Carroll County's legislative delegation voted yesterday against supporting the county commissioners' effort to enact a transfer tax on real estate sales. The all-Republican delegation voted 4 to 3 against the proposal, which the commissioners said would have increased revenue by about $7.5 million next year.
State Sen. David R. Brinkley and Dels. Susan W. Krebs and Donald B. Elliott voted for the tax that commissioners said would have been dedicated to paying for road repairs and school construction.
"With all the revenues coming in and the testimony on this issue, there is no real need," said state Sen. Larry E. Haines, delegation leader and the owner of a Westminster real estate business.
Proponents of the 1 percent tax, which would have been levied at the settlement of a property, had tried several amendments, "but nothing made it palatable," Haines said.
The delegation agreed to support the commissioners' other proposals, including a tax credit for seniors and a hotel tax to boost county tourism, Haines said. The General Assembly traditionally passes local bills that have the support of the regional delegation.
More than 150 people attended a hearing Saturday on the legislative proposals. The comments on the transfer tax were almost evenly split.
"Regardless of how this broke down, the hearing was encouraging," Commissioner Dean L. Minnich said yesterday. "People finally get it. They understand what this proposal is about. It is a small victory for us and what we are trying to do."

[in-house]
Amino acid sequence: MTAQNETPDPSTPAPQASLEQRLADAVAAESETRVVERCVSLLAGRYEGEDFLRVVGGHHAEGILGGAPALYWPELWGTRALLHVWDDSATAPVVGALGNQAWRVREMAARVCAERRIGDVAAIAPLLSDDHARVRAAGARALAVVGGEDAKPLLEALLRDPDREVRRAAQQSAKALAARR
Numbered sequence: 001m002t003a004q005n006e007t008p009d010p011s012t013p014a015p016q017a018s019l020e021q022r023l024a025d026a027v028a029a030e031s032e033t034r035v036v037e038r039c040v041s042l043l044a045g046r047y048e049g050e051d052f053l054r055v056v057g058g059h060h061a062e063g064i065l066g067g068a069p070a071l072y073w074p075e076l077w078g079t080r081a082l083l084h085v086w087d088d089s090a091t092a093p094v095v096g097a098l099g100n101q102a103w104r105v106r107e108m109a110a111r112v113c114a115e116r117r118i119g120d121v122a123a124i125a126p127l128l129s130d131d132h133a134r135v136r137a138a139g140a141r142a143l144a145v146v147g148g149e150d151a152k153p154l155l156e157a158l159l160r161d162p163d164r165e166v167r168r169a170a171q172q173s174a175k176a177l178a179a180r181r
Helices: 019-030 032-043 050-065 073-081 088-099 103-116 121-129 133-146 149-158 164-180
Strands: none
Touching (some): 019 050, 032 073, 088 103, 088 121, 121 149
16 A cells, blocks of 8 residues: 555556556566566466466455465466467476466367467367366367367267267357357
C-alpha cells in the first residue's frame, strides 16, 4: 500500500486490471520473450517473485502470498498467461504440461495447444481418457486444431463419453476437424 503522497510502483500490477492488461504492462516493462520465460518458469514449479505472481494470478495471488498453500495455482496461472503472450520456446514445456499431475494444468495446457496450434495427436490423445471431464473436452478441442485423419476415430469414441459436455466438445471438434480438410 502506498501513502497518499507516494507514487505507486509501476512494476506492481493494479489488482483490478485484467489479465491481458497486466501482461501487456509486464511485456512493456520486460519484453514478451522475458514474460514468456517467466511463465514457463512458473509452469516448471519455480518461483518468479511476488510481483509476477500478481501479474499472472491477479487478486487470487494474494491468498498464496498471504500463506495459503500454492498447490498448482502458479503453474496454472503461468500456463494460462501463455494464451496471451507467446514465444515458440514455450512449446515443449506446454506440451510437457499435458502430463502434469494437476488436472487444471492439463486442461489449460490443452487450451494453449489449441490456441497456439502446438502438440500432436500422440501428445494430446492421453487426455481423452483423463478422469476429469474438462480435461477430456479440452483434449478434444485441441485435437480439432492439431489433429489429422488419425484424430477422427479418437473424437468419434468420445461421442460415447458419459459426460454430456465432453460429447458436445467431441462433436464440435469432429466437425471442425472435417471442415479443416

Several opponents said the proposal would have unduly burdened homebuyers. They argued a tax should have a broader base.
"If there is a need for more revenues, it should be an excise tax on new construction," Haines said. "Growth should pay for growth. This would have applied to everything, retirees and anybody moving within the county."
Minnich said calls, e-mails and the hearing showed that the proposal had "broad support across the community."
The county's unexpected $12 million budget surplus this year "gave the delegation an out," Minnich said.
"At least Brinkley, Krebs and Elliott understand what we are trying to do. Haines shows a lack of respect for the public's expectation of quality-of-life issues," Minnich said.
Frank Johnson, director of legislative services for the commissioners, said the delegation hearing yesterday in Annapolis represented "a healthy exchange of views on both sides."
"Several members spoke of too many taxes and no justification for more taxes," he said.
State Sen. Allan H. Kittleman, who was recently appointed to replace his late father in the Senate, said he had combed through the Carroll County budgets for the past six years and reviewed nearly 20 pages of his notes from the hearing Saturday.
Ultimately, Kittleman found the transfer tax unjustified and urged the commissioners to find another way to increase revenue, Johnson said.
Minnich said the transfer tax, defeated for the third consecutive year, would have provided the county with another tool to diversify its revenue.
"We gave it the good fight and made a good case for the kind of flexibility we need to take the pressure off the property tax," Minnich said.